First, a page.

Troopers Hill - different parts making a beautiful site
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Troopers Hill covers over 20 acres (6.8 hectares) and includes a range of different types of soil, plants and habitat. Because of these differences the Hill is divided up into 11 "compartments" on a map
http://www.troopers-hill.org.uk/plan/Map%201%20Compartments.pdf that is used for the management plan and each compartment is managed differently.
For the land lying just inside the hedge that borders Greendown across to the footpath (Compartment 2) the soil is richer, more water is held in the soil, the grass is a rich green colour and wide-bladed. Look across the path and compare this with the fine grass growing in a thin layer of dry soil over rock.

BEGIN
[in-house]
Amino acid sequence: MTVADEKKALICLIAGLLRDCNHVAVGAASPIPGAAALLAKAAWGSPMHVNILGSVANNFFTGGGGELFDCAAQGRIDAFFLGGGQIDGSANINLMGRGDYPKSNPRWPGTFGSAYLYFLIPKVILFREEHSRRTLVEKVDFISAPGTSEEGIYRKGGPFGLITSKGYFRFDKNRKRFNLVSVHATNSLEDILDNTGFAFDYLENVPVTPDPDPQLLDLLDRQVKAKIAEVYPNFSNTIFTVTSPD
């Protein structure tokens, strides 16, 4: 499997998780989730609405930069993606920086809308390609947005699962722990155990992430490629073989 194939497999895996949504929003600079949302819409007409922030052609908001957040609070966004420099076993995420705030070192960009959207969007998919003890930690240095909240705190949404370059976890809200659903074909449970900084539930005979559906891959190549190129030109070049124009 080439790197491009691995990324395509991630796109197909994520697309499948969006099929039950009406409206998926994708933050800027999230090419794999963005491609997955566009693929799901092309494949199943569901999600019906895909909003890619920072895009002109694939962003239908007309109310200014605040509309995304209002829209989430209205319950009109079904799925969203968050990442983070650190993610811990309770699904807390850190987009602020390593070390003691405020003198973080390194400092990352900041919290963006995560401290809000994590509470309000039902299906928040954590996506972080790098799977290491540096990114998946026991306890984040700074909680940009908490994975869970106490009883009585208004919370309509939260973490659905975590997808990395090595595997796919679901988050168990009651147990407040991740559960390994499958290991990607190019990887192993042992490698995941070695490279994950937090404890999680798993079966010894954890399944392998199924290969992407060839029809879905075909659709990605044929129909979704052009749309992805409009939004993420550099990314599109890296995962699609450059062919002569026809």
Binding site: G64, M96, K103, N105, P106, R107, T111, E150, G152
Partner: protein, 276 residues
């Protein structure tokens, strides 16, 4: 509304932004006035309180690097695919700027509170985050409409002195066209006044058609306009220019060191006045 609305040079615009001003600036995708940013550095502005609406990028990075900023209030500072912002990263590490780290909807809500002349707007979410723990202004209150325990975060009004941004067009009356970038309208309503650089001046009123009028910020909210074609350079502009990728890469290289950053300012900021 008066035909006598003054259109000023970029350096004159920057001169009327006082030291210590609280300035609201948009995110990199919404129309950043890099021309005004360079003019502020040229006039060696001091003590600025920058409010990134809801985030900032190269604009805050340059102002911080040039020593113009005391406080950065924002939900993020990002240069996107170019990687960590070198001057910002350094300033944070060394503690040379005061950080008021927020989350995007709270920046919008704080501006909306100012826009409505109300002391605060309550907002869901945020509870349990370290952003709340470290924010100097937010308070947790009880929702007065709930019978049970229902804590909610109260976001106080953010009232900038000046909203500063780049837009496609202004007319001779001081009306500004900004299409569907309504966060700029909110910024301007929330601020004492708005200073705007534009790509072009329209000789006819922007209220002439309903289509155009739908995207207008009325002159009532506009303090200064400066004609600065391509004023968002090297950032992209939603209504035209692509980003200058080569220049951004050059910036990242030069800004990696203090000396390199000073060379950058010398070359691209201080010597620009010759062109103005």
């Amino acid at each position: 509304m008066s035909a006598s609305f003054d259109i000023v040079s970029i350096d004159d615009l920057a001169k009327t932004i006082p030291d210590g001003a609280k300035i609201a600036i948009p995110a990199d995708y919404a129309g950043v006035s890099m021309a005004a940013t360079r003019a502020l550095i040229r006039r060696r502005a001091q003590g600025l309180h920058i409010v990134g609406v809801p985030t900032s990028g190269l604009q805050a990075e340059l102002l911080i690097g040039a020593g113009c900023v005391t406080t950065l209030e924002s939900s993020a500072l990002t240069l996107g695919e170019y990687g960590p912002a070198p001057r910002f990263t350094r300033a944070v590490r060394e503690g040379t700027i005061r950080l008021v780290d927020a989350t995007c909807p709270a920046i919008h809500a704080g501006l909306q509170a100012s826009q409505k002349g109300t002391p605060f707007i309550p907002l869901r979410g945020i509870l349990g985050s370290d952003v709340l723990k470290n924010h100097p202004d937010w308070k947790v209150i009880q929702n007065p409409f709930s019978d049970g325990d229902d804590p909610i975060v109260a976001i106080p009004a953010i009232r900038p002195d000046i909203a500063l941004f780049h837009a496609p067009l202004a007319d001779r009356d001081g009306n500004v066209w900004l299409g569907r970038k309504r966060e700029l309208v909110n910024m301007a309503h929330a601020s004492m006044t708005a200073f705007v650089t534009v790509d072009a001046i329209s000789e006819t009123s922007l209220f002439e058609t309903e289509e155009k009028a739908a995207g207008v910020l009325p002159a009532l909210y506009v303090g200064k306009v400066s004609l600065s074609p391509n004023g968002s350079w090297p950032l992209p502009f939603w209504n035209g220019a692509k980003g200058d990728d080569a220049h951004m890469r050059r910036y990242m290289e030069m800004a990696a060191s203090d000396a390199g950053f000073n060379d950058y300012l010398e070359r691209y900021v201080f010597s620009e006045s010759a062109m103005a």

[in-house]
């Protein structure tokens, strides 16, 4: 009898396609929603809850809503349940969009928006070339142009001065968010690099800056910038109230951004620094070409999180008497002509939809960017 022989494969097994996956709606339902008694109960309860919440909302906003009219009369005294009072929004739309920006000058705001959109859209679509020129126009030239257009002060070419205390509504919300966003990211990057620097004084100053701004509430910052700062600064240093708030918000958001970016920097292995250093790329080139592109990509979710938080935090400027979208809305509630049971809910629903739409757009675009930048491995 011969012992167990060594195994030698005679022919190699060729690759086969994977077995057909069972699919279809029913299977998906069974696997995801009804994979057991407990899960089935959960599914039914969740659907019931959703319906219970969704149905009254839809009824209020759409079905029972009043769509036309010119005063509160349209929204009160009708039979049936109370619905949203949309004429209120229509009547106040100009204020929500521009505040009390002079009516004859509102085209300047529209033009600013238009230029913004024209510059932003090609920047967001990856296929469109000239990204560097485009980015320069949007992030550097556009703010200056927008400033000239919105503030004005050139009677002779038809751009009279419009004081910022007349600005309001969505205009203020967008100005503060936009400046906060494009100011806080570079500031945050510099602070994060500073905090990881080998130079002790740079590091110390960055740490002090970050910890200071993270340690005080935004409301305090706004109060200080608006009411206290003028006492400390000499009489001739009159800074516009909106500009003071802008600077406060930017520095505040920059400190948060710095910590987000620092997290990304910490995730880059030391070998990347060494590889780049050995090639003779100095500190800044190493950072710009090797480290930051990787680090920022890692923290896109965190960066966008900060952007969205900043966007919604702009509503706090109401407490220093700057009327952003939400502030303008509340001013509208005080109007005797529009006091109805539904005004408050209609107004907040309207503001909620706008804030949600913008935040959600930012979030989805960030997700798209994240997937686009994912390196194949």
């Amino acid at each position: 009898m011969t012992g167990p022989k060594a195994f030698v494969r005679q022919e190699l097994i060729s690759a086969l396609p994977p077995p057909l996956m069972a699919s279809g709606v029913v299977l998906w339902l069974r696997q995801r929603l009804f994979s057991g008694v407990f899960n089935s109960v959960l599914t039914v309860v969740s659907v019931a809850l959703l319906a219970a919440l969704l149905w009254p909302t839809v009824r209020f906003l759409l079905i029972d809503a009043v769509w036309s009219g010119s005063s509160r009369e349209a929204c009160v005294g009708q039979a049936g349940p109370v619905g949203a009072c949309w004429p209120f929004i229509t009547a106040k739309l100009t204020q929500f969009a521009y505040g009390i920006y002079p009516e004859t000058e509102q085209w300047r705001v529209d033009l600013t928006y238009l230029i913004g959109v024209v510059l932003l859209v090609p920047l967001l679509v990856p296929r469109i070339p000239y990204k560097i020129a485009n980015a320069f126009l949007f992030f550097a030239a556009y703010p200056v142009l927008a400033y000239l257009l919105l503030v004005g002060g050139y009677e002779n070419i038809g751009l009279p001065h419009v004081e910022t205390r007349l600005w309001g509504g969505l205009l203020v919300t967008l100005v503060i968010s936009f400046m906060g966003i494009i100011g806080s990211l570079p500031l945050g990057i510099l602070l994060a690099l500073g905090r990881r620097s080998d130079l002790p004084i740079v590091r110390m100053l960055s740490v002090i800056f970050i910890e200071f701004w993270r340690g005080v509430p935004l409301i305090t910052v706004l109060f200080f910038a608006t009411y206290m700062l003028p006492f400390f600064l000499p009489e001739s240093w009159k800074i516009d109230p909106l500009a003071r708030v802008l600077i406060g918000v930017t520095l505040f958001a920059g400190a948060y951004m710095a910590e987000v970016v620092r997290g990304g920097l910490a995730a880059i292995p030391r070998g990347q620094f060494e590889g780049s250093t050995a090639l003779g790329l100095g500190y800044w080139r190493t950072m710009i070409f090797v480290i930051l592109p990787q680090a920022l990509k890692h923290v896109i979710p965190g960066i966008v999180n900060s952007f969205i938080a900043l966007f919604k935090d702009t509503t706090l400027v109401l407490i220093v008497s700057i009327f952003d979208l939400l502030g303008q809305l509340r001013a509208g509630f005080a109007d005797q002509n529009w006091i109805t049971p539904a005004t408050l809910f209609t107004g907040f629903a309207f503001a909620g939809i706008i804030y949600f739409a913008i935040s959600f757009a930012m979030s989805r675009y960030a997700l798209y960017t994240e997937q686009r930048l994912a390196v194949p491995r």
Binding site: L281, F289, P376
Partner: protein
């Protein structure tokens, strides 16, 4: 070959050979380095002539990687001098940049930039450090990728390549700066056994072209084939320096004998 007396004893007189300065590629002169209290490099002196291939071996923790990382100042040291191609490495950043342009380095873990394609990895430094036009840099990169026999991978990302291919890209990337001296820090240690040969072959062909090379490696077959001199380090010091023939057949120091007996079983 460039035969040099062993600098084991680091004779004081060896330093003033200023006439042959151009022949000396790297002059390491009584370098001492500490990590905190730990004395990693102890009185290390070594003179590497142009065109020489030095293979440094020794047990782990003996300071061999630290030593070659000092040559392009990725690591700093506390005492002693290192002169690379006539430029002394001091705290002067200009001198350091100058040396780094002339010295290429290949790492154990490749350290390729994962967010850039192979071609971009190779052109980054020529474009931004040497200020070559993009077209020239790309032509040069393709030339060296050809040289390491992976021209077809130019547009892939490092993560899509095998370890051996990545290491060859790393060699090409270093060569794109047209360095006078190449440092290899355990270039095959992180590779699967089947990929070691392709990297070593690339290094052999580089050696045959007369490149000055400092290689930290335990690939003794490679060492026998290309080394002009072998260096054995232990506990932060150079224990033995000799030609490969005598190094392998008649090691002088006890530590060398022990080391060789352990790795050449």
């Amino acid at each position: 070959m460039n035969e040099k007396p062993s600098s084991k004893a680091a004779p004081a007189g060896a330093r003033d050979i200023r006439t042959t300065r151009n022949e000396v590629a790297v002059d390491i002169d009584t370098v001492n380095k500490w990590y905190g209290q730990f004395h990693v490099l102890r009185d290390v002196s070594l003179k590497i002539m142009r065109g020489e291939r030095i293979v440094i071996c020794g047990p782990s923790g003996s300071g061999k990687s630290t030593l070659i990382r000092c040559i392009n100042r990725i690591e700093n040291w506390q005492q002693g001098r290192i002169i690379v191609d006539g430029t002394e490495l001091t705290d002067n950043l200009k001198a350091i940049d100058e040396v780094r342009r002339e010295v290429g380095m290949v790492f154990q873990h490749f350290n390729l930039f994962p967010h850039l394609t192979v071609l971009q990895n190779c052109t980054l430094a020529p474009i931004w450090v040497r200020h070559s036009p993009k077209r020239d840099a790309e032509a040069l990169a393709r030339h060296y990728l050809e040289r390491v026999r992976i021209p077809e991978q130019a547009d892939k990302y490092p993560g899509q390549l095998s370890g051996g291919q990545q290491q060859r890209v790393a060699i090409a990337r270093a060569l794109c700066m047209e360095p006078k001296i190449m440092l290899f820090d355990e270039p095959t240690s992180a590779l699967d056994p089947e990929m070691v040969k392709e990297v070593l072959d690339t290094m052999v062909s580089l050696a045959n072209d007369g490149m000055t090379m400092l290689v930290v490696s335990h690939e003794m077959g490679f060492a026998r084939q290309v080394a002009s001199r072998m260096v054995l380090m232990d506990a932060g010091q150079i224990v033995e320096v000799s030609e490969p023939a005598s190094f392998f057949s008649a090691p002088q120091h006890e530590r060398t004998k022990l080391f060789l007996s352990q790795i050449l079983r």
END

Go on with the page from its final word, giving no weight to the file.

Compartment 2 has an annual grasscut and the majority of the grass is removed to prevent further enrichment of the soil and encourage the growth of wild flowers of the type you would see in meadows.
Here you will see black knapweed (purple flower a bit like a thistle - see photo). Black knapweed "does best on welldrained soils which receive summer rainfalls and nearly full sun – moist eco-sites in dry grasslands and open forest". You will only see it on the Hill where ithe soil is a bit damper and richer.
If you would like to learn more about how Troopers Hill is managed you can see the 5 year management plan on http://www.troopers-hill.org.uk/plan/TroopersHillMPv3.pdf. This has been prepared following guidelines from Natural England (formerly English Nature), DEFRA (Department of Fisheries and Rural Affairs), Avon Wildlife Trust and Bristol City Council's Conservation officers. Give the plan a bit of time to load - it is 8MB.
Black knapweed is important for the following: Goldfinch, Lime-speck pug moth, Meadow Brown, Painted lady, Peacock, Red admiral, Small copper, Small skipper, Gatekeeper and Large skipper butterflies. The bees were certainly enjoying black knapweed nectar today.
Posted by Susan, Fri Aug 24, 2012 12:49 am